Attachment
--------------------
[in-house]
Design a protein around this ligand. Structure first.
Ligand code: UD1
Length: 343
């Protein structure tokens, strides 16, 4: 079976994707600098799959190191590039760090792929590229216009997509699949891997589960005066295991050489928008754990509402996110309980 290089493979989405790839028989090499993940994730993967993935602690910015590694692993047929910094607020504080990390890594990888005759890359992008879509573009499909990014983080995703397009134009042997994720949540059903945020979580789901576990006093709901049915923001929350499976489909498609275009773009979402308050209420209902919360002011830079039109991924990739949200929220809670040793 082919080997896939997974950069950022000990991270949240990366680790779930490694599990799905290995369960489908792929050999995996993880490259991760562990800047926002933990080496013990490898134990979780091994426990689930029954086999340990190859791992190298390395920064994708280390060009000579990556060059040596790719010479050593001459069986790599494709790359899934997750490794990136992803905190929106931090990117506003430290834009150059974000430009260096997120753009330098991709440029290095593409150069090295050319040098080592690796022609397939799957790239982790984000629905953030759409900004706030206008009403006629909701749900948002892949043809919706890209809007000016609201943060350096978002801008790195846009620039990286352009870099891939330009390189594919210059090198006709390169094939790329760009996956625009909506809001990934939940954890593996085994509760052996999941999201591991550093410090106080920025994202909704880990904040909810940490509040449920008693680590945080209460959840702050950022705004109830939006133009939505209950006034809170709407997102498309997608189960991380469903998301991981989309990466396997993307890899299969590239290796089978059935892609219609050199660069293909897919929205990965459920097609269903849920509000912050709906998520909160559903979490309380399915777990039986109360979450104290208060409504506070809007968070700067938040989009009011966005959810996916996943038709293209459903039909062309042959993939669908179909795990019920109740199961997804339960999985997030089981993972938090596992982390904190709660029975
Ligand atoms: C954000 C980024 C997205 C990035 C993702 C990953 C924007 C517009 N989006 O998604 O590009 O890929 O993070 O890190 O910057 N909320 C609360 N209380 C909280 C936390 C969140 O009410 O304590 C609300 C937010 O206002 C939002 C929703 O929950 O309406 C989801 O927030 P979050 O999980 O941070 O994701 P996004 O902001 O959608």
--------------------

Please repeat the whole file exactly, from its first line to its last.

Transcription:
[in-house]
Design a protein around this ligand. Structure first.
Ligand code: UD1
Length: 343
């Protein structure tokens, strides 16, 4: 079976994707600098799959190191590039760090792929590229216009997509699949891997589960005066295991050489928008754990509402996110309980 290089493979989405790839028989090499993940994730993967993935602690910015590694692993047929910094607020504080990390890594990888005759890359992008879509573009499909990014983080995703397009134009042997994720949540059903945020979580789901576990006093709901049915923001929350499976489909498609275009773009979402308050209420209902919360002011830079039109991924990739949200929220809670040793 082919080997896939997974950069950022000990991270949240990366680790779930490694599990799905290995369960489908792929050999995996993880490259991760562990800047926002933990080496013990490898134990979780091994426990689930029954086999340990190859791992190298390395920064994708280390060009000579990556060059040596790719010479050593001459069986790599494709790359899934997750490794990136992803905190929106931090990117506003430290834009150059974000430009260096997120753009330098991709440029290095593409150069090295050319040098080592690796022609397939799957790239982790984000629905953030759409900004706030206008009403006629909701749900948002892949043809919706890209809007000016609201943060350096978002801008790195846009620039990286352009870099891939330009390189594919210059090198006709390169094939790329760009996956625009909506809001990934939940954890593996085994509760052996999941999201591991550093410090106080920025994202909704880990904040909810940490509040449920008693680590945080209460959840702050950022705004109830939006133009939505209950006034809170709407997102498309997608189960991380469903998301991981989309990466396997993307890899299969590239290796089978059935892609219609050199660069293909897919929205990965459920097609269903849920509000912050709906998520909160559903979490309380399915777990039986109360979450104290208060409504506070809007968070700067938040989009009011966005959810996916996943038709293209459903039909062309042959993939669908179909795990019920109740199961997804339960999985997030089981993972938090596992982390904190709660029975
Ligand atoms: C954000 C980024 C997205 C990035 C993702 C990953 C924007 C517009 N989006 O998604 O590009 O890929 O993070 O890190 O910057 N909320 C609360 N209380 C909280 C936390 C969140 O009410 O304590 C609300 C937010 O206002 C939002 C929703 O929950 O309406 C989801 O927030 P979050 O999980 O941070 O994701 P996004 O902001 O959608």